Posts Tagged ‘anita brookner’

I really do love Anita Brookner’s writing, although, I find when it comes to writing a review I am somewhat at a loss to explain why. Her novels are certainly not plot driven, and people who only like plot driven narratives might well be driven mad by the quiet contemplation and introspection. I like the quiet genteel lives of Brookner’s world, and find – maybe alarmingly that I understand them. I often hear and see the word depressing applied to reviews of Brookner’s novels – well I can see why – though I prefer the term melancholic. Anita Brookner does make me examine my own life – and it’s not always comfortable to do so.
In Brief Lives we meet Fay and Julia in middle and late middle age. Both are married – and later widowed, affluent and childless. Fay was once a singer on the radio before her marriage, Julia an actress – who has ever since retained her sense of the dramatic. The novel opens with Fay reading of Julia’s death, a woman with whom she shared a great deal of her life until more recently.

“Julia died. I read it in The Times this morning. There was quite a substantial obituary, but what immediately fixed my attention was the photograph, one of those studio portraits of the late 1930’s or early 1940’s, all huge semi-transparent eyes, flat hair, and dark lipstick. I never liked her, nor did she like me; strange, then, how we managed to keep up a sort of friendship for so long.”

In her younger days, newly married, Fay lives in quiet fear of her mother-in-law Vinnie, who’s obsessive like adoration of her son Owen is intimidating. This relationship is mirrored to an extent in the “friendship” that develops between Fay and Julia, Julia the wife of Owen’s business partner. As the years pass, Julia – eleven years Fay’s senior – becomes more reliant upon Fay – in a purely selfish way, she manipulates Fay, who, knowing that she is in thrall to Julia seems unable to leave Julia behind, even when their husbands through whom they are connected have died. Julia is a kind of frail but elegant bully. Around Julia are the lonely women, who help her live quietly in her grand flat, including a slightly pathetic young woman Maureen who Julia obviously despises, and Julia’s former dresser from her theatrical days. Julia orders them around in her imperious way, little appreciating what they do for her, while telephoning Fay to wheedle another visit. As she herself ages, Fay must contend with the deaths of her mother and then her husband, finding that she is now alone, alters Fay’s view of herself and the world around her.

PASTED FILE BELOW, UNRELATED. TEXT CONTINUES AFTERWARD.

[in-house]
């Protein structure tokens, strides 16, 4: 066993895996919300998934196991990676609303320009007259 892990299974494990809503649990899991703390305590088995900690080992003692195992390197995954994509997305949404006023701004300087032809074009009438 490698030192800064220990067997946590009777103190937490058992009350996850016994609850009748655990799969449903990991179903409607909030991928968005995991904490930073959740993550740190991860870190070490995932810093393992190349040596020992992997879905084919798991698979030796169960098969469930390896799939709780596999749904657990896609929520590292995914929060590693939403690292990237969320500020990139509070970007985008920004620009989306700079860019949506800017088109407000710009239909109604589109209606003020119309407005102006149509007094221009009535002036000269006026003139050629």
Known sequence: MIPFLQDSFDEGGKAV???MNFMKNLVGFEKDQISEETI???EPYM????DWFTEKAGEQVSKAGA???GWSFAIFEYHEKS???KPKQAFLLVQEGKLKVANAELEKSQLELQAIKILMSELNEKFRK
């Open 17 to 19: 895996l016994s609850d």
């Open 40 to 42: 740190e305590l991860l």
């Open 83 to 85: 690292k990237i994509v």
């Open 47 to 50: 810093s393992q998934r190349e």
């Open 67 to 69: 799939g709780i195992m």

“I was very lonely during the weeks that followed my mother’s death. I knew that I should never again be all the world to anyone, as it says in the song. Normally I despise women who claim never to have got over their parents’ death, or who affirm that their fathers were the most perfect men who had ever lived. I despise them, but I understand them. How can any later love compensate for the first, unless it is perfect? My simple parents had thought me unique, matchless, yet they had let me go away from them without a murmur of protest.”

Although I enjoyed this novel enormously, Brief Lives won’t be my favourite Brookner novel, I think that would be A Closed Eye, or Look at Me, however it is a typical Brookner book and so if you were to read it and enjoy it, then it would be fair to say you will like her others too. Anita Brookner’s writing is beautiful, her observations of people in their quiet genteel lives, for me quite unparalleled. Though I find there is a coldness to Brookner’s writing, which is absent in the novels of such writers as Elizabeth Taylor and Barbara Pym, who also examine the lives of upper or middle class women. With its overriding themes of ageing and nostalgia, Brief Lives is an intelligent and poignant novel, which benefits from a slow and considered reading.